Saturday, October 2, 2010

As Dark As A Blackbird

A tragic tale. A taboo topic. A forbidden love.

This is the premise of the award-winning play by Scottish playright, David Harrower entitled "Blackbird".

After an earlier run for the play was postponed till September this year, Red Dot Diva and her friends have been eagerly waiting to catch the performance at our local theatre. This finally happened at the DBS Art Centre last Thursday.

Staged by the Singapore Repertory Theatre and directed by Tracie Pang, the play was helmed by well-known, local-based theatre actors - Emma Yong and Daniel Jenkins.

"Blackbird" is about Ray and Una - fateful lovers who come to a confrontation 15 years later. They had run away when he was 40 and she --- a mere pre-teen at 12. Ray was caught, charged and imprisoned while Una was left to deal with the repercussions of their sordid act while still living in the same house, in the same town.

Needless to say, the unexpected meeting in the dirty, unkempt break room of Ray's office started a psychodrama of words - where conflicting feelings of guilt, shame and desire came to light. The two then exchanged barbs that cut like a knife, revealing layers of the past and the present.

Red Dot Diva sat there riveted as the tale twisted and turned. By the end of the play, it was never clear who was the victim and who was the predator.

If you thought the Double-Rainbow at Yosemite was intense... this play is like WHOAAAAAAAA... VERY INTENSE. Thanks to the emotional commitment given by the two very talented actors - Emma Yong and Daniel Jenkins.

One of the more amazing parts of the play was how the lines for a confused, lonely, coming-of-age girl desiring a much older man hit the nail right on the head. And Emma played the wide range of emotions with great effect - first with unnerving frenetic angry accusation then later, with a sense of panic and loss as she relived the past.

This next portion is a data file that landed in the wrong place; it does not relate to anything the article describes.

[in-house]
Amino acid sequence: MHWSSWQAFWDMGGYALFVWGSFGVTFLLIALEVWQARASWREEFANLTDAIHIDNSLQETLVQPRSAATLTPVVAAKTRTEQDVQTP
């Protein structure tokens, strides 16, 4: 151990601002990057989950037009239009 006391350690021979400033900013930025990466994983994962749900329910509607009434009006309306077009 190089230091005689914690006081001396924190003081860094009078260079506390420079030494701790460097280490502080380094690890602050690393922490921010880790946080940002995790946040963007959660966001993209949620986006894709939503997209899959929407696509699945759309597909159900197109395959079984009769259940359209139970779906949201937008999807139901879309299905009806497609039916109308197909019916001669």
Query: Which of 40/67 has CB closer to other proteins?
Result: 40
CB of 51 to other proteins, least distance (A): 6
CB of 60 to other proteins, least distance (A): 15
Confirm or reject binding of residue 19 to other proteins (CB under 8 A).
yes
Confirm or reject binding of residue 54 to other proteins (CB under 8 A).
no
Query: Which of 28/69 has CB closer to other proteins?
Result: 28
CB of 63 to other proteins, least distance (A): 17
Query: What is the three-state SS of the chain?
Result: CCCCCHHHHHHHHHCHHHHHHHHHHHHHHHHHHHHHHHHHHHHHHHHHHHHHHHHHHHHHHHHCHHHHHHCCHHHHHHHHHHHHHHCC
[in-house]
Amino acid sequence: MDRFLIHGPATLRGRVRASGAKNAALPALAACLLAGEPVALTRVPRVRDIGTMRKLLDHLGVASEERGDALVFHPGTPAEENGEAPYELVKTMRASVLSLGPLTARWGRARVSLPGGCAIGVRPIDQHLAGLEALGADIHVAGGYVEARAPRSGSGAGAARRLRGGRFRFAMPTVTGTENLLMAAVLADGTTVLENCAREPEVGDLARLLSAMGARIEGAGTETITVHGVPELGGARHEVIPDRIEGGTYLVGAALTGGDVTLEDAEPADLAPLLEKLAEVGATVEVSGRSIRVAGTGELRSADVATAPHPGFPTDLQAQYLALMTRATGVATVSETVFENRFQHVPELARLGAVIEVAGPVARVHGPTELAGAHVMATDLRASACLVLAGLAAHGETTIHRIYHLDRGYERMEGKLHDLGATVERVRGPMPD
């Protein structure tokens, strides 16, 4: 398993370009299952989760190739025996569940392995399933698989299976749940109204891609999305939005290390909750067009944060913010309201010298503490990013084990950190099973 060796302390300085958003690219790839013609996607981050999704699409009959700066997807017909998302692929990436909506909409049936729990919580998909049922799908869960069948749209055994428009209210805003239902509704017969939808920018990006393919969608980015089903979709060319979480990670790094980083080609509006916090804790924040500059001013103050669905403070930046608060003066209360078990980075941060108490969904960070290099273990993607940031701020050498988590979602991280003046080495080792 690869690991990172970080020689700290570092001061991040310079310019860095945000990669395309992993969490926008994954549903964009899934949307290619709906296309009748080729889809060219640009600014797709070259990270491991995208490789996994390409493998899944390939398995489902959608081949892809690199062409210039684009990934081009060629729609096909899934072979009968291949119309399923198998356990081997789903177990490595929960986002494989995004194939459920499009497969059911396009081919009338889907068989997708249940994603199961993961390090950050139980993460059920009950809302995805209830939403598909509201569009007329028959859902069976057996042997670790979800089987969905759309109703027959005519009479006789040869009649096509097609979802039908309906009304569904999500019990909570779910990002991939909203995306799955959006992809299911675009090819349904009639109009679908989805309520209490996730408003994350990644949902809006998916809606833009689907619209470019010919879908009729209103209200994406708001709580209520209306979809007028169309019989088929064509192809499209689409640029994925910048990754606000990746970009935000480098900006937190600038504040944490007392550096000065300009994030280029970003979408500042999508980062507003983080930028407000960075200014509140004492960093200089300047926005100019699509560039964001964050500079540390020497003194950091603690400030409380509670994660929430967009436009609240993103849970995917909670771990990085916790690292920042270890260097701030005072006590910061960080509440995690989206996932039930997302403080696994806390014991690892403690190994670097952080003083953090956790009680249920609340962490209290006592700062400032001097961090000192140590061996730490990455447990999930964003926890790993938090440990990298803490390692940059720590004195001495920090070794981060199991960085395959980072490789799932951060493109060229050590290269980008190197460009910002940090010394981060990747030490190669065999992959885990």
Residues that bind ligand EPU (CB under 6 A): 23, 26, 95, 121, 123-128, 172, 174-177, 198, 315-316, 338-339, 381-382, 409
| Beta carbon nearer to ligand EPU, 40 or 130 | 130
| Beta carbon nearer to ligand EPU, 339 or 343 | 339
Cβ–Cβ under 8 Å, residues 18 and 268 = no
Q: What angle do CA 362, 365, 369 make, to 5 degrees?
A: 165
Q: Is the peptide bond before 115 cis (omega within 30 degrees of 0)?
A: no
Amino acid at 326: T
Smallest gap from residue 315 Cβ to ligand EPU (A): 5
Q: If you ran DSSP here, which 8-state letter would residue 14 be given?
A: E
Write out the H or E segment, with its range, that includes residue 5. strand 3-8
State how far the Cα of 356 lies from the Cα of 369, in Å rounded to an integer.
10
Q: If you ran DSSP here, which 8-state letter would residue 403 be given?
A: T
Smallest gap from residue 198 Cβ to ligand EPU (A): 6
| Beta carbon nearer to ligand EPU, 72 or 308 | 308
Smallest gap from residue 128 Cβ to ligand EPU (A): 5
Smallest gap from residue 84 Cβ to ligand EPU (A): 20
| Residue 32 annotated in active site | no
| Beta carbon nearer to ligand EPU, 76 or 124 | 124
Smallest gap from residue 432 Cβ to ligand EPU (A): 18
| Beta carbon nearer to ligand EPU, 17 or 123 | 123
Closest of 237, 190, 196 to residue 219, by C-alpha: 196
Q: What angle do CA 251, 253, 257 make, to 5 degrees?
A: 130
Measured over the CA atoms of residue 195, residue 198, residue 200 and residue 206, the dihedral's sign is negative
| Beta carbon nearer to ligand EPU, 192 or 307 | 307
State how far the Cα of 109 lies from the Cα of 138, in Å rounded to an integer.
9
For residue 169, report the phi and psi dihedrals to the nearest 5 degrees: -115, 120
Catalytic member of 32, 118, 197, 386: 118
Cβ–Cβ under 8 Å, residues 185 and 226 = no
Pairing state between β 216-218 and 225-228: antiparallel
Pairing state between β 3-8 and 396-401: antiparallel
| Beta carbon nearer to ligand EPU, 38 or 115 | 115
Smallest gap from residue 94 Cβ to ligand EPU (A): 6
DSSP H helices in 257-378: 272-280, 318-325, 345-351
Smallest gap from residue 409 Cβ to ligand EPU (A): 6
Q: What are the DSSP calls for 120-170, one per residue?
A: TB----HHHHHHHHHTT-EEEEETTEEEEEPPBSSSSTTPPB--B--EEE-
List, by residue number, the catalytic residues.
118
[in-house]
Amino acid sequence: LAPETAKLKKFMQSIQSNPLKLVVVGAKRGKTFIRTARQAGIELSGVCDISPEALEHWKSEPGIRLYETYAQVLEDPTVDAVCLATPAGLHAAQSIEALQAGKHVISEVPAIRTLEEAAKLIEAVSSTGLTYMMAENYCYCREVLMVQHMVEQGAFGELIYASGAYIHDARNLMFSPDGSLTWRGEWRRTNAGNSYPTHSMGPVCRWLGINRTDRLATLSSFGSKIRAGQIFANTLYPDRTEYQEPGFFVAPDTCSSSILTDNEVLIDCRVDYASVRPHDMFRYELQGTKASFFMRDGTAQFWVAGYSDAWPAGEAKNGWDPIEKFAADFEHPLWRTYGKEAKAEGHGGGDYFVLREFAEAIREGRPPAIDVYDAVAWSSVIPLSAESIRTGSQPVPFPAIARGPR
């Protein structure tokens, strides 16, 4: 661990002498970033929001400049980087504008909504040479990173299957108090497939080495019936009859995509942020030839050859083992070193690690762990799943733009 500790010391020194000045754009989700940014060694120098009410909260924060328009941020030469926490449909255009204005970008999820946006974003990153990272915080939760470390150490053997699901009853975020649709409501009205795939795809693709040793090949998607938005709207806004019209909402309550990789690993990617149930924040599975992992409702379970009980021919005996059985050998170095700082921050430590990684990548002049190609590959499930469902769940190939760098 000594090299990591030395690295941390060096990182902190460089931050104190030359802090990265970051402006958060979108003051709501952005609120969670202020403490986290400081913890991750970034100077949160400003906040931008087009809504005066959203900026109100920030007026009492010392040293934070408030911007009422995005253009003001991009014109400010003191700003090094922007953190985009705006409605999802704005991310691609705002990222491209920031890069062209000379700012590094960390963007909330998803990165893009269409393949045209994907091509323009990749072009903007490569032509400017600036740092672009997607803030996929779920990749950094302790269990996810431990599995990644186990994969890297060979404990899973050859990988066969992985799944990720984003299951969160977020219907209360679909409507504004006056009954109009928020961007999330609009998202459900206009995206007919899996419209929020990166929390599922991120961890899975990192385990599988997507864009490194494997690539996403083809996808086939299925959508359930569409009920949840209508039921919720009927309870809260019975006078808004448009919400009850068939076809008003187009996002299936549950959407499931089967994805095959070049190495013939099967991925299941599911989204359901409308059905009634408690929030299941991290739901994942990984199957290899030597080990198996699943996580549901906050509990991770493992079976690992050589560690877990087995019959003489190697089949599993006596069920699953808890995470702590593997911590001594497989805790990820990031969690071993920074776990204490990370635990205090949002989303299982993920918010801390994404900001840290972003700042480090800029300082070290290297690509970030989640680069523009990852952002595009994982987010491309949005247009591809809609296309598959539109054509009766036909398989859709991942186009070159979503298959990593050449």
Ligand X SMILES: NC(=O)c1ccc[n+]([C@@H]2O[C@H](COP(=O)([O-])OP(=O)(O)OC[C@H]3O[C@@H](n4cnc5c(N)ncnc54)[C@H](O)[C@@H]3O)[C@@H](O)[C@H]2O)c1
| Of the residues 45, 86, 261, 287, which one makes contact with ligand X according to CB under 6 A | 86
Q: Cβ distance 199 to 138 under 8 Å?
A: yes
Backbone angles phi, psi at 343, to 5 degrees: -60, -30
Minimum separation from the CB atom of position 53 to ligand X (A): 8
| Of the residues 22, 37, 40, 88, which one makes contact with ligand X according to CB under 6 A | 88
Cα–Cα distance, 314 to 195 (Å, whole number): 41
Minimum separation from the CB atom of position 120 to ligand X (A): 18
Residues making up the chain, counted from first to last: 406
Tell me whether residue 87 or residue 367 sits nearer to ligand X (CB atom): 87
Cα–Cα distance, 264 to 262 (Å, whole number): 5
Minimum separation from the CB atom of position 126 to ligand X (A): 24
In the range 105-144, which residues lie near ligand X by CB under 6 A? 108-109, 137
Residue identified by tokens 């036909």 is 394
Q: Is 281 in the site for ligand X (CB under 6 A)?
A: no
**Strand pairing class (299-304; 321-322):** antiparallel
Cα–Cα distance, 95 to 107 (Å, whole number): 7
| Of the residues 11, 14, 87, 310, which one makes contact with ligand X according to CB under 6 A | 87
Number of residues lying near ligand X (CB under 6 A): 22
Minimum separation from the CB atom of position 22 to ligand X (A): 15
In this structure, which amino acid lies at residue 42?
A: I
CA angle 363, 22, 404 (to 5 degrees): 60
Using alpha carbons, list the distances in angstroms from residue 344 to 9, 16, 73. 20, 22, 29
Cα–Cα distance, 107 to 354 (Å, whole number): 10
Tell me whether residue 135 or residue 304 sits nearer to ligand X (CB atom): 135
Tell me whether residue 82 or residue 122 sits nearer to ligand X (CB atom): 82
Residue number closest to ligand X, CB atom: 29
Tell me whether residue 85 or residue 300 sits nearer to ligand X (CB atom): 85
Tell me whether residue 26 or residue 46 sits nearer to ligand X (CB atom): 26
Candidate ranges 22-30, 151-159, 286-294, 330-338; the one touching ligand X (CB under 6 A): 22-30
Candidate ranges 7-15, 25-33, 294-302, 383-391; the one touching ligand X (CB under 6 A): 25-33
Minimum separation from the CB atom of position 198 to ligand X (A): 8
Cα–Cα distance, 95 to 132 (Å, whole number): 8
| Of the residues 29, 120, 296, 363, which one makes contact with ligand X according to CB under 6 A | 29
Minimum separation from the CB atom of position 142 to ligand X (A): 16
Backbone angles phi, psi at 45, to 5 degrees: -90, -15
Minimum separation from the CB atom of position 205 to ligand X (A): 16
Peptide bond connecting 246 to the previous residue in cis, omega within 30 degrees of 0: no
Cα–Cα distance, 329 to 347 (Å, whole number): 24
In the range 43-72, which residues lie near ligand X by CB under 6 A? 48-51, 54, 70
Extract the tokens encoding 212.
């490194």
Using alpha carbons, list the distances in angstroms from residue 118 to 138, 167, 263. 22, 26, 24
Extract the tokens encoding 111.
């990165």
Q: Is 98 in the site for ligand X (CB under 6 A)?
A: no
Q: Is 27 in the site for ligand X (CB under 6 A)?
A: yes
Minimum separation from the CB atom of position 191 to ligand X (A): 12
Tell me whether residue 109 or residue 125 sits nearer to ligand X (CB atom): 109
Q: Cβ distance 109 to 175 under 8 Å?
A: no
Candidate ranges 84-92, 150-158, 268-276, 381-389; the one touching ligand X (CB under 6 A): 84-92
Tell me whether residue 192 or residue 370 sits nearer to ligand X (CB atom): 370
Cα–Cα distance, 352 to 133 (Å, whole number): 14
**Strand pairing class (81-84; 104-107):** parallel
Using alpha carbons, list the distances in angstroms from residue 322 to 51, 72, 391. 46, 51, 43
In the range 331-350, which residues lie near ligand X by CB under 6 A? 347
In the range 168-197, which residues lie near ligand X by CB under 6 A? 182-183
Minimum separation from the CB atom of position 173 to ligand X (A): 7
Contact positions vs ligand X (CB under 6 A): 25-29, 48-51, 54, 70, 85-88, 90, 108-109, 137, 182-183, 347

Daniel was more than convincing as a man caught in between boundaries and desire. It is credit to his strong and balanced acting that he got the audience going sympathetically to his story. (Which they really shouldn't! But ahh....!)

The dull grey set was interestingly claustrophic, especially with the coils of barbed wires at the top of the break room. A metaphor of such an illicit relationship, perhaps? All in all, the play was well-paced and well-executed, and watching the 75-minute performance unfold concerning a singular topic did not even feel boring or labourious.

Red Dot Diva personally felt that Ray still got off too lightly for his crimes. And that is how things still are when it comes to sexual relationships in general in the real world - men still have the upperhand. But I guess, it wasn't the play's objective to put out a judgment. It left the matter to the audience to decide for themselves.

"Blackbird" has ended its run in Singapore today. If you like tragic dark tales with a controversial subject, Red Dot Diva highly recommends that you watch "Blackbird" when you have the chance. Whether it be a local or overseas production, it is one play that would generate a discussion that could last for days.

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